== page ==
National Geographic : 1995 Sep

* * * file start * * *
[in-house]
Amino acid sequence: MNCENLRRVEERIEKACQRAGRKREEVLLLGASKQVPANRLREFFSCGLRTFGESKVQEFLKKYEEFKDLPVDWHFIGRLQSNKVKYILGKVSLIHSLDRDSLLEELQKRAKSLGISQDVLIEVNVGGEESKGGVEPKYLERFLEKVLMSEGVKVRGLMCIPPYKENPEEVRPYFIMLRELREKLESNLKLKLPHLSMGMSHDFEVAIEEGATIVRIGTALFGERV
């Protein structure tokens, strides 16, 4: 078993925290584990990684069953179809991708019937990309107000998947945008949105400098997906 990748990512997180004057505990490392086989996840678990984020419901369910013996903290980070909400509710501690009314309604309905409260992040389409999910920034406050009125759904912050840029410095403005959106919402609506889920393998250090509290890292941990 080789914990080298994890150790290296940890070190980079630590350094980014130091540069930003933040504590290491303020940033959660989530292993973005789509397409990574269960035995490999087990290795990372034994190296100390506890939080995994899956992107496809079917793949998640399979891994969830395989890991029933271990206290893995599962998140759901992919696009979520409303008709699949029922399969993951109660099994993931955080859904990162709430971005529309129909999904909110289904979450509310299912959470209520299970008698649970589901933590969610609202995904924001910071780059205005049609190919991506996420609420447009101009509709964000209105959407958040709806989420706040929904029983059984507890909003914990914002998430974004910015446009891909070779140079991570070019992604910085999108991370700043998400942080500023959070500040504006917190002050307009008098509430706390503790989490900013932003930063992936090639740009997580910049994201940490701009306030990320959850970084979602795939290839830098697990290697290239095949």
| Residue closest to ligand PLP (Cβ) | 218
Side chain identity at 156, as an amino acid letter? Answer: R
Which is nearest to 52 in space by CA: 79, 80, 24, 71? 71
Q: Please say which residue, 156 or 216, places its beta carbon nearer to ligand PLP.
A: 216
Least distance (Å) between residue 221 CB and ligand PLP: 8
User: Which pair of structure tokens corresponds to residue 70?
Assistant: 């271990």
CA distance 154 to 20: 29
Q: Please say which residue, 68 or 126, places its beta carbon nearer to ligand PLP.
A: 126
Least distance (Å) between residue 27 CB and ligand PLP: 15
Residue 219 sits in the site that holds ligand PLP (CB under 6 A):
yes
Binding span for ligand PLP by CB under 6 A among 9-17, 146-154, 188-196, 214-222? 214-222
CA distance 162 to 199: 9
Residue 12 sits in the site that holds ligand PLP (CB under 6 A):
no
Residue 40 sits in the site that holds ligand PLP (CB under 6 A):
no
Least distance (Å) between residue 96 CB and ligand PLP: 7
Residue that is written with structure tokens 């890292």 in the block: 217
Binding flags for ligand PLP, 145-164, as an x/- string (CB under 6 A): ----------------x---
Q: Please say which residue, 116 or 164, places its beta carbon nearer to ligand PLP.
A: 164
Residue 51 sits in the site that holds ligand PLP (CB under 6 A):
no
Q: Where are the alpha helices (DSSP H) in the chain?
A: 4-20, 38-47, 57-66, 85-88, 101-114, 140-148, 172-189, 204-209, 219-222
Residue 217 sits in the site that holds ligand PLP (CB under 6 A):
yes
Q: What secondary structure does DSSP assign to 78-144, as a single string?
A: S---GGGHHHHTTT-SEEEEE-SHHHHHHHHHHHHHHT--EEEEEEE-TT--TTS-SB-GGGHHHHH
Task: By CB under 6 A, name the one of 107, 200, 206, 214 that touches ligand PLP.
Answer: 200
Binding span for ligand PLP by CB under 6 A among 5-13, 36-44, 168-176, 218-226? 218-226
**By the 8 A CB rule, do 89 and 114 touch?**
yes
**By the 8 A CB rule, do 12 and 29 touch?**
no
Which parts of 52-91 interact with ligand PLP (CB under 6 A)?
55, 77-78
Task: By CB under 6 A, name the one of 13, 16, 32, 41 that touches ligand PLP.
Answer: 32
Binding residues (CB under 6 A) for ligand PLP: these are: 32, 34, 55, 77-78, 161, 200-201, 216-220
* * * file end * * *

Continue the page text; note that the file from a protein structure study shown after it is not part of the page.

NATIONAL GEOGRAPHIC OAssignment EL SALVADOR Reporting on Rebuilding "IN EL SALVADOR I packed my rental car with pet food," says freelance photographer TOMASZ TOMASZEWSKI, here hugged by a circus monkey in Nahuizalco. "There were a lot of homeless dogs and cats there, and I just wanted to give them a meal. After I fed the monkey, the owners invited me to join their circus," he says. But Tomasz was expected back in Poland by his wife, writer Malgorzata Niezabitowska, their daughter Maryna, and their four dogs all adopted strays. The family's adventure driving across the United States resulted in "Discovering America" in the January 1988 GEOGRAPHIC. "Now that the war is over, Salvadorans are trying to be decent to one another," says Assistant Editor MIKE EDWARDS, bottom, covering a political rally in the eastern city of San Francisco. "They are such warm people; it makes you wonder how they could have been so violent." Though recently his beat has TIM ROBERTS been the former Soviet Union, the 27-year GEOGRAPHIC veter an is no stranger to Central America. He first visited as a press aide to Peace Corps direc tor Sargent Shriver in 1963 and later reported on Mexico, Hon duras, and Nicaragua- among his 33 articles for the magazine. Mike earned his first byline at age 14, covering high school sports for the Cobb County Times in Marietta, Georgia. "Seeing my name in that news paper was the biggest thing that had ever happened to me," he remembers, "and writing is all I've wanted to do ever since." TOMASZTOMASZEWSKI NATIONALGEOGRAPHIC (ISSN0027-9358) ISPUBLISHED MONTHLYBYTHENATIONALGEOGRAPHIC SOCIETY,1145 17THST.N.W .,WASHINGTON, D. C.20036-4688. $25.00 AYEAR,$3.00 ACOPY. SECOND-CLASS POSTAGEPAIDATWASHINGTON, D. C.,ANDELSEWHERE. POSTMASTER: SENDADDRESSCHANGESTONATIONALGEOGRAPHIC, P.O.BOX2174, WASHINGTON, D.C. 20013.